Most people know that impaired driving is a mistake that can cost someone’s life. It’s also common knowledge that distracted driving endangers yourself and others. Somehow, many people still don’t seem to understand that drowsy or fatigued driving is also a major risk.
More than half of all adult Americans admit to getting behind the wheel while tired. In fact, a terrifying one third of adult drivers admit to falling asleep on the road. Exhaustion may factor into a large number of crashes and collisions that cause serious injuries and death.
The National Sleep Foundation actually compares exhaustion to alcohol in how it impacts your ability to drive safely. You probably already know that the legal blood alcohol content (BAC) limit is 0.08 percent for adults over the age of 21. What you may not realize is that going 18 hours without sleep makes you drive like you have a BAC of 0.05 percent. If you’ve gone a full 24 hours without sleep, the impact on your skill behind the wheel is equivalent to having a BAC of 0.1 percent.
Even if you don’t actually fall asleep at the wheel, you won’t be driving as safely as you should be. Exhaustion makes it hard to focus your attention on the road. It can also increase your decision-making time, which can prove critical on the road.
Tight schedules, upcoming deadlines and even financial motivators from employers can all contribute to commercial drivers operating while exhausted. Like people driving passenger vehicles, commercial drivers will experience a decline in their skill when exhausted. However, their fatigue poses much more threat of injury or death to other people on the road.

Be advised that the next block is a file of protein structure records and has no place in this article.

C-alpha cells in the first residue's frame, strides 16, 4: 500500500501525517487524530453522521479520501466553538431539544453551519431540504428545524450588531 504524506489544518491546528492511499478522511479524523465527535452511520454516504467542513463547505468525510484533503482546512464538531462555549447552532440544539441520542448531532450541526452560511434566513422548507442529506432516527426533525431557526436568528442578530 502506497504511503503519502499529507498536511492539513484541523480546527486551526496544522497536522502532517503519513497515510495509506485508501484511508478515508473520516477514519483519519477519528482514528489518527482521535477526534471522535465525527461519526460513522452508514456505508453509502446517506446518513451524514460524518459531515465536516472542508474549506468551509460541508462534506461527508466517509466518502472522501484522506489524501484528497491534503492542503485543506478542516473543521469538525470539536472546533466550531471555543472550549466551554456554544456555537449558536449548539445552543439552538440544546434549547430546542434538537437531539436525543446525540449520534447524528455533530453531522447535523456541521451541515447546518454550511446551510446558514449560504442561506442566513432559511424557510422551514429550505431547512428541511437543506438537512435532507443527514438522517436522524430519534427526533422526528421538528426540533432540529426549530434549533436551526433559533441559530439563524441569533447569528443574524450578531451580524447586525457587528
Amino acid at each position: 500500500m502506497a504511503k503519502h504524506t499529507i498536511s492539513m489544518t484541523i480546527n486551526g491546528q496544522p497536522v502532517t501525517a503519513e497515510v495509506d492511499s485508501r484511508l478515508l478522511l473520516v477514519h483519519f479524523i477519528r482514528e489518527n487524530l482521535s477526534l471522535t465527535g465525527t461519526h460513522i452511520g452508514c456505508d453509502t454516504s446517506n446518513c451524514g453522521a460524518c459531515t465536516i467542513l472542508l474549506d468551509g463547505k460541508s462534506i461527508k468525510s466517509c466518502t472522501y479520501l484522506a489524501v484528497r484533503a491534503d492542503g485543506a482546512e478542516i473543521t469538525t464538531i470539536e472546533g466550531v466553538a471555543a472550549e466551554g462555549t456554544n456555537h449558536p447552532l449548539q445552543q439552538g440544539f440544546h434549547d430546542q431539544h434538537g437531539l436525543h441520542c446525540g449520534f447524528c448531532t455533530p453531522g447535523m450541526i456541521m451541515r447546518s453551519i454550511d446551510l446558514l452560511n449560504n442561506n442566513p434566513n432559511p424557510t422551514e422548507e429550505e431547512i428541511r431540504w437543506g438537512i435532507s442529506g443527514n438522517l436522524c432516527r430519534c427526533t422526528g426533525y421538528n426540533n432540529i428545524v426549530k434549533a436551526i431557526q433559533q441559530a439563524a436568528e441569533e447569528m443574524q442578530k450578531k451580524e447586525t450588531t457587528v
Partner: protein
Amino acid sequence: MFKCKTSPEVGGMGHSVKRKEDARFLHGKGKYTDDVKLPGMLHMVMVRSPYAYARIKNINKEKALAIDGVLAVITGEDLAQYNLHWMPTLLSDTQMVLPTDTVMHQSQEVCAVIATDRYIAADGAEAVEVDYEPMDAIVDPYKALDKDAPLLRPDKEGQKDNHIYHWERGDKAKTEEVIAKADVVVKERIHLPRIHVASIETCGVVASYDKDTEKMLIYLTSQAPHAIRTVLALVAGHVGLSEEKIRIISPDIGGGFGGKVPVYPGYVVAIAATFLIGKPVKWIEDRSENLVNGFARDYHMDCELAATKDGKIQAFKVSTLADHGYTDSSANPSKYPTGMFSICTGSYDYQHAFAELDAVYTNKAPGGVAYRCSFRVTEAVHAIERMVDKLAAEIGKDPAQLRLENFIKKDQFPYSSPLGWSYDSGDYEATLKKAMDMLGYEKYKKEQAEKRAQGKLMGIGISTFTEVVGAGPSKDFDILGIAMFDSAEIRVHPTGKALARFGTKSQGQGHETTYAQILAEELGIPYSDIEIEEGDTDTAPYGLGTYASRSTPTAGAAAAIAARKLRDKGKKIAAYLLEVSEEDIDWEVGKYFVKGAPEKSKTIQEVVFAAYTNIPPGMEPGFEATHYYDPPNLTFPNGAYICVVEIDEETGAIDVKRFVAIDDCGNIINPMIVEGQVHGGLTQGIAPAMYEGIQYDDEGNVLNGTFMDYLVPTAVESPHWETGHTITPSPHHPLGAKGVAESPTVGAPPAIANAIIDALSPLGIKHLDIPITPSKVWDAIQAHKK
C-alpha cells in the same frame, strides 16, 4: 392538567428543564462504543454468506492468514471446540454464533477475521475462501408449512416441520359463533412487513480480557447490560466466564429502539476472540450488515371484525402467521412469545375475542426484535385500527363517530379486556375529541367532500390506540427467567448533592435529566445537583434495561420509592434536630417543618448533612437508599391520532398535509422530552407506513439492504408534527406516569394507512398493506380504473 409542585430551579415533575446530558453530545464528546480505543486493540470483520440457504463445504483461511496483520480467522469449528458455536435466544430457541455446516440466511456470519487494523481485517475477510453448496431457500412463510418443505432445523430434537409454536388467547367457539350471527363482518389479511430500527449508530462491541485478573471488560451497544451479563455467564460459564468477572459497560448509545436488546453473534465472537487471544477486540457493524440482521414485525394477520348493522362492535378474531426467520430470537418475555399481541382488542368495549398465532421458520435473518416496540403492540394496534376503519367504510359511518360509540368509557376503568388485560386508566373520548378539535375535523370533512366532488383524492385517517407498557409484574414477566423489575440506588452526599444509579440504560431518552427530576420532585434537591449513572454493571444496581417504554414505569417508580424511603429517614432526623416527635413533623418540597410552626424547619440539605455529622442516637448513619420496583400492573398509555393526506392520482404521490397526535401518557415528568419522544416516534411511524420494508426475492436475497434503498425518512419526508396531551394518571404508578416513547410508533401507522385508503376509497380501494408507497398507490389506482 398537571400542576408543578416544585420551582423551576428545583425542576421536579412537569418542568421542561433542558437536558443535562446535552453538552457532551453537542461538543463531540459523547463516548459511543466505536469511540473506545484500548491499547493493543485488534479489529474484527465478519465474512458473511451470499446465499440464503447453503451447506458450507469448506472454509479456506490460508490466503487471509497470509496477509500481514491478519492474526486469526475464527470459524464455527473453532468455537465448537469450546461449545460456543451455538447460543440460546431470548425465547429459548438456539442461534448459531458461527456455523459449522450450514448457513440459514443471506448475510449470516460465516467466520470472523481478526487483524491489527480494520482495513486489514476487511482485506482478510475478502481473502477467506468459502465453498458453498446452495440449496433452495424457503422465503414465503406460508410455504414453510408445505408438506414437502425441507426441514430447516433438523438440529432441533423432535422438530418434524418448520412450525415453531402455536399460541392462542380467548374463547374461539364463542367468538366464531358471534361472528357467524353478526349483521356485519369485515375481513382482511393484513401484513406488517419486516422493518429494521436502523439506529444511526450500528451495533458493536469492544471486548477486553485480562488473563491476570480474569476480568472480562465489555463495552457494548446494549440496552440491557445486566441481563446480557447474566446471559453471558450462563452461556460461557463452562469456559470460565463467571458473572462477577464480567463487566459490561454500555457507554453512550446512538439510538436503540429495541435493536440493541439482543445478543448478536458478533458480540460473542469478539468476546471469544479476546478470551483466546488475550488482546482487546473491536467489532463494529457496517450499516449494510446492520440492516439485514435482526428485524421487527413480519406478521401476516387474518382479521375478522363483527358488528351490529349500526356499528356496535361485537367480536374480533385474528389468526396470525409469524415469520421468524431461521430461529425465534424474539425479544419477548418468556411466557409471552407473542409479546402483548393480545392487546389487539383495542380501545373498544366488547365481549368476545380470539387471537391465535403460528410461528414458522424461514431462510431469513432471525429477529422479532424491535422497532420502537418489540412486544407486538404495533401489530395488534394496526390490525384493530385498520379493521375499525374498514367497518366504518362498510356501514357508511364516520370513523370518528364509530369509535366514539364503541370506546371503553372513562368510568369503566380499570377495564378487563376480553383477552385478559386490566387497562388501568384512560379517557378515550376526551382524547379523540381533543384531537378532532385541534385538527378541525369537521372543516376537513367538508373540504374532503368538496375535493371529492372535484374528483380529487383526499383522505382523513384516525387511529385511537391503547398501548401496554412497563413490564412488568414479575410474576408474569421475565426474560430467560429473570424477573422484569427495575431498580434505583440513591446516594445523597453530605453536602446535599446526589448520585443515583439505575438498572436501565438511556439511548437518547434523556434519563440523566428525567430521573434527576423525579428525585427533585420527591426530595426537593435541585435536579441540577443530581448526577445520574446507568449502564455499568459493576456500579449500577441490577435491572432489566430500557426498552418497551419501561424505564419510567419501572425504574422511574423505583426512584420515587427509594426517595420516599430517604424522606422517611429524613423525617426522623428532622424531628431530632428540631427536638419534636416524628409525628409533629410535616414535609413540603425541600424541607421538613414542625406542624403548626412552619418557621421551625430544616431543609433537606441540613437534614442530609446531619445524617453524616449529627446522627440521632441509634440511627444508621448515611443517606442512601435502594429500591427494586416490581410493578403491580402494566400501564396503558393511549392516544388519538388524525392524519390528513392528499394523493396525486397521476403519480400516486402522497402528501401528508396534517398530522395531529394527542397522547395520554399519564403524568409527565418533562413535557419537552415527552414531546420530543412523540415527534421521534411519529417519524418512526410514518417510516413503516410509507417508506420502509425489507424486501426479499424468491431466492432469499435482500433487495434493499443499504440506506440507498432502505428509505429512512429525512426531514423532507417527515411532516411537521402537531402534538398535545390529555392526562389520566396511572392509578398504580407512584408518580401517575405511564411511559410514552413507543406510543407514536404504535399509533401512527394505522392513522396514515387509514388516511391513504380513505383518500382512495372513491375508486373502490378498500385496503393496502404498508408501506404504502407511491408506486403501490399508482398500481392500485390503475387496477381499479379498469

When a truck driver doesn’t respond quickly or falls asleep at the wheel, other people will end up paying the price. The people in the smaller vehicles are the ones who suffer fatalities in 97 percent of fatal commercial truck crashes. Despite federal laws and policies meant to curtail exhaustion in commercial drivers, it still factors into many crashes.
When someone causes a crash that injures you due to exhaustion, there is liability to consider. By choosing to drive in a compromised state, that person may cause a crash that leads to financial losses and personal injury. The victims of these crashes deserve compensation, not medical bills and debt.
If you suspect that the other driver was fatigued at the time of your crash, you may want to take steps to investigate and explore your options. Negligent drivers who put others at risk should be held accountable for the damages they cause with their decisions.